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Columbia Crew Sets Record Second Landing Delay Keeps Shuttle Up Nearly 18 Days

Columbia and its astronauts set a space shuttle endurance record Friday - almost 18 days in orbit - after bad weather scuttled NASA’s landing plans for the second day in a row.

It was so foggy that the shuttle training aircraft, patrolling overhead for safety, had to land at a nearby Air Force base instead of at Kennedy Space Center.

“I’m glad we didn’t,” said Columbia’s skipper, Kenneth Cockrell.

The five astronauts were getting ready for bed - they’ve been working nights and sleeping days - when their mission surpassed the previous shuttle flight-duration mark of 16 days, 21 hours, 48 minutes and 30 seconds. Columbia set that record last July.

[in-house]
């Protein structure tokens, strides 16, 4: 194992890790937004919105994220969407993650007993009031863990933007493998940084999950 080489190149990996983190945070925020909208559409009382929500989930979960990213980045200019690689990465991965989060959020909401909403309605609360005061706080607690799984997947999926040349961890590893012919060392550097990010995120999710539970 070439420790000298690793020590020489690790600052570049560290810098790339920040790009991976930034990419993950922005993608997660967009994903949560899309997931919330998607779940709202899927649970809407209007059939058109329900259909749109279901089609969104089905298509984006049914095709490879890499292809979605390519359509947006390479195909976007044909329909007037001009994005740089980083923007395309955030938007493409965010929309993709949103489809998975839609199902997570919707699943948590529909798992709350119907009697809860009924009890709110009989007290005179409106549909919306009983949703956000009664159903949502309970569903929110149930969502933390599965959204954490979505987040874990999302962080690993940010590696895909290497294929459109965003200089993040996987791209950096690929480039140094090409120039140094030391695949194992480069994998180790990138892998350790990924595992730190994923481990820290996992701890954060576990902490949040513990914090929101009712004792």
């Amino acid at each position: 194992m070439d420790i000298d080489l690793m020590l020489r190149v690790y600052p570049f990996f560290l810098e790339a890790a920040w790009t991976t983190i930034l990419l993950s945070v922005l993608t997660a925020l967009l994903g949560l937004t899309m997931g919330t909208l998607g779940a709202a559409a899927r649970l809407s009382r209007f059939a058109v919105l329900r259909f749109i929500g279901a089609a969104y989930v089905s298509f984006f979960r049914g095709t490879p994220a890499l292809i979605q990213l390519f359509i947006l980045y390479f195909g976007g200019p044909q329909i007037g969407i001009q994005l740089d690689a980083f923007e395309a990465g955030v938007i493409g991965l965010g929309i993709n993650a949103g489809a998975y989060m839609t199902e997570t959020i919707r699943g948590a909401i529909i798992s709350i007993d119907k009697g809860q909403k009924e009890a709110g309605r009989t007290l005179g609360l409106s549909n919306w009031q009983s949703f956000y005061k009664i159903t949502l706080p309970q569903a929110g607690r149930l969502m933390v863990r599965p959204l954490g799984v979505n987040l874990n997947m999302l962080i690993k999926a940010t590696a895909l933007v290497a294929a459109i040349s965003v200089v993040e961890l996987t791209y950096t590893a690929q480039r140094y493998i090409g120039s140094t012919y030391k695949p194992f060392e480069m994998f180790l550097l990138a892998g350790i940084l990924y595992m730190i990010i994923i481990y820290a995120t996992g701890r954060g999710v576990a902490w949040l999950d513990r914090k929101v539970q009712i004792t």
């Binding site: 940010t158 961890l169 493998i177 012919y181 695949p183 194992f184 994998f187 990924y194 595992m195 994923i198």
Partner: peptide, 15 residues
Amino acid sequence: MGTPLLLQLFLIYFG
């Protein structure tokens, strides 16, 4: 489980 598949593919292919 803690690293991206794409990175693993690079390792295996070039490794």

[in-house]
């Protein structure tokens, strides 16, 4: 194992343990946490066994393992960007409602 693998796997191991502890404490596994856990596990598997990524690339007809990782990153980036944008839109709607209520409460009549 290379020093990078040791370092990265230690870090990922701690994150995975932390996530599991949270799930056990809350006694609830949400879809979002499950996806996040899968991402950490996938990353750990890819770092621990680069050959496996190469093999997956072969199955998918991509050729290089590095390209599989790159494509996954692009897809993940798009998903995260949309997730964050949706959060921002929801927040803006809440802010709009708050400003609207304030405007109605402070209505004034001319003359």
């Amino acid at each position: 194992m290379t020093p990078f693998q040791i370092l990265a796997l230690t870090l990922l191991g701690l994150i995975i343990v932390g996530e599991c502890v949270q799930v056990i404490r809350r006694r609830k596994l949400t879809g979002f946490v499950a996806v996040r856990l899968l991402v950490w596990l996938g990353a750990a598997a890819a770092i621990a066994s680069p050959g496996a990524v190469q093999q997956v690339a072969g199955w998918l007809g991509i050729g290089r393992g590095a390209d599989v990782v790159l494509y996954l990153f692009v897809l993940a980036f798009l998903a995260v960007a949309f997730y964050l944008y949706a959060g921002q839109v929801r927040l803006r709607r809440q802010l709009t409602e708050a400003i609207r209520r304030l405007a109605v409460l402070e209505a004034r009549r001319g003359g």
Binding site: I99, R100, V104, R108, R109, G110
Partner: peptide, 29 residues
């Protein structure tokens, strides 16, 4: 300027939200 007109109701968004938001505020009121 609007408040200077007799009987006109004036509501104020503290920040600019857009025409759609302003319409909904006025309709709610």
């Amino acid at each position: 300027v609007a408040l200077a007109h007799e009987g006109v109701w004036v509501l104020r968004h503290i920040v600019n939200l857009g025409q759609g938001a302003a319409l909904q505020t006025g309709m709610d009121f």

Mission Control piped up music from “2001: A Space Odyssey” to mark the occasion. Like most everything else on this mission, the music was late.

“We’re real interested in what you’re going to play us for an encore tomorrow night,” joked astronaut Story Musgrave.

Barring further trouble - and this mission has had its share - NASA expected to bring Columbia back this morning, if not in Florida then at Edwards Air Force Base in California. Gusty wind prevented an Edwards landing on Friday; the weather there, at least, was expected to improve.


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Trump to DOJ: Investigate whether FBI infiltrated campaign

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